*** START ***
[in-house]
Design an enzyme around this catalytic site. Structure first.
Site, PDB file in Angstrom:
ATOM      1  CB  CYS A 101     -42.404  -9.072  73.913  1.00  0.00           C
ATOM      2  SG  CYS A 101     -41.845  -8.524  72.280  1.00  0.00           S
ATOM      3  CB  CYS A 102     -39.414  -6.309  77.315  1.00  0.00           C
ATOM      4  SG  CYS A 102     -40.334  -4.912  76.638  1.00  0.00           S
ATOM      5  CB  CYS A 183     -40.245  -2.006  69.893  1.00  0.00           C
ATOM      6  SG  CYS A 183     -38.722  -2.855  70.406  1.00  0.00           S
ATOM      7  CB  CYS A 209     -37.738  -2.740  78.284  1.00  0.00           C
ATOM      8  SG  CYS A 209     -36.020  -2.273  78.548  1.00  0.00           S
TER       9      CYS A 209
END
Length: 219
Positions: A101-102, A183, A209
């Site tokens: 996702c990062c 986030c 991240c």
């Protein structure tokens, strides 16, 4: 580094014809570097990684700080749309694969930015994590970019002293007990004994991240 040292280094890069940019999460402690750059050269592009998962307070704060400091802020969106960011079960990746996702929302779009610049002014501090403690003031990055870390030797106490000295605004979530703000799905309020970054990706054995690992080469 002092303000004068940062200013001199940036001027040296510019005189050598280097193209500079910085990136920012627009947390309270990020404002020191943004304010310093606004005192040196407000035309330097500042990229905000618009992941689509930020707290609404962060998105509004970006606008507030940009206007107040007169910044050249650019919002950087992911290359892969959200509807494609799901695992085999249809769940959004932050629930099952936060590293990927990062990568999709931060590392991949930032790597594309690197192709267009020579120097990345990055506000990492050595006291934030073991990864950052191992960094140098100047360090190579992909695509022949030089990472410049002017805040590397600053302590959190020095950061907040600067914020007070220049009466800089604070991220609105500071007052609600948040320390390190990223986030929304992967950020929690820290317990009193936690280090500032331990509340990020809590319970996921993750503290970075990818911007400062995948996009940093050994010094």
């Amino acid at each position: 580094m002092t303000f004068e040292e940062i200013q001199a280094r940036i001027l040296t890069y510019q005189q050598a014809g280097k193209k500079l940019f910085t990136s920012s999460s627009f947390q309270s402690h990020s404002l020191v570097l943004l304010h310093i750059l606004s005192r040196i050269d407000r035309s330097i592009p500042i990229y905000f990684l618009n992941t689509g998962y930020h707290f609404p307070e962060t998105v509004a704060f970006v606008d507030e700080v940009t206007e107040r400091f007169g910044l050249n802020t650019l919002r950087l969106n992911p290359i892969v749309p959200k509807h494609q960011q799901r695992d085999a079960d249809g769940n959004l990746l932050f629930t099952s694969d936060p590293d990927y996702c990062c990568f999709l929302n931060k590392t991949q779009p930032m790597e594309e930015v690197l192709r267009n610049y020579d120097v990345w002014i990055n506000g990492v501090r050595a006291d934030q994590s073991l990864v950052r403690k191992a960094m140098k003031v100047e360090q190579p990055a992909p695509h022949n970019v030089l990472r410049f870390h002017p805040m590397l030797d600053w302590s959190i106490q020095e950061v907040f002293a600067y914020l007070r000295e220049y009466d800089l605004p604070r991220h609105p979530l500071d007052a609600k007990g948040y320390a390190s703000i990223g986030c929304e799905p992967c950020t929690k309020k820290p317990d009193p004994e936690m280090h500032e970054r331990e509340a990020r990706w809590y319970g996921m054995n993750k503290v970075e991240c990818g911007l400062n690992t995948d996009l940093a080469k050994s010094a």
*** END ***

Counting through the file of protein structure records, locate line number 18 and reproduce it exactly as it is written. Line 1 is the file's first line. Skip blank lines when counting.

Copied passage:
């Amino acid at each position: 580094m002092t303000f004068e040292e940062i200013q001199a280094r940036i001027l040296t890069y510019q005189q050598a014809g280097k193209k500079l940019f910085t990136s920012s999460s627009f947390q309270s402690h990020s404002l020191v570097l943004l304010h310093i750059l606004s005192r040196i050269d407000r035309s330097i592009p500042i990229y905000f990684l618009n992941t689509g998962y930020h707290f609404p307070e962060t998105v509004a704060f970006v606008d507030e700080v940009t206007e107040r400091f007169g910044l050249n802020t650019l919002r950087l969106n992911p290359i892969v749309p959200k509807h494609q960011q799901r695992d085999a079960d249809g769940n959004l990746l932050f629930t099952s694969d936060p590293d990927y996702c990062c990568f999709l929302n931060k590392t991949q779009p930032m790597e594309e930015v690197l192709r267009n610049y020579d120097v990345w002014i990055n506000g990492v501090r050595a006291d934030q994590s073991l990864v950052r403690k191992a960094m140098k003031v100047e360090q190579p990055a992909p695509h022949n970019v030089l990472r410049f870390h002017p805040m590397l030797d600053w302590s959190i106490q020095e950061v907040f002293a600067y914020l007070r000295e220049y009466d800089l605004p604070r991220h609105p979530l500071d007052a609600k007990g948040y320390a390190s703000i990223g986030c929304e799905p992967c950020t929690k309020k820290p317990d009193p004994e936690m280090h500032e970054r331990e509340a990020r990706w809590y319970g996921m054995n993750k503290v970075e991240c990818g911007l400062n690992t995948d996009l940093a080469k050994s010094a």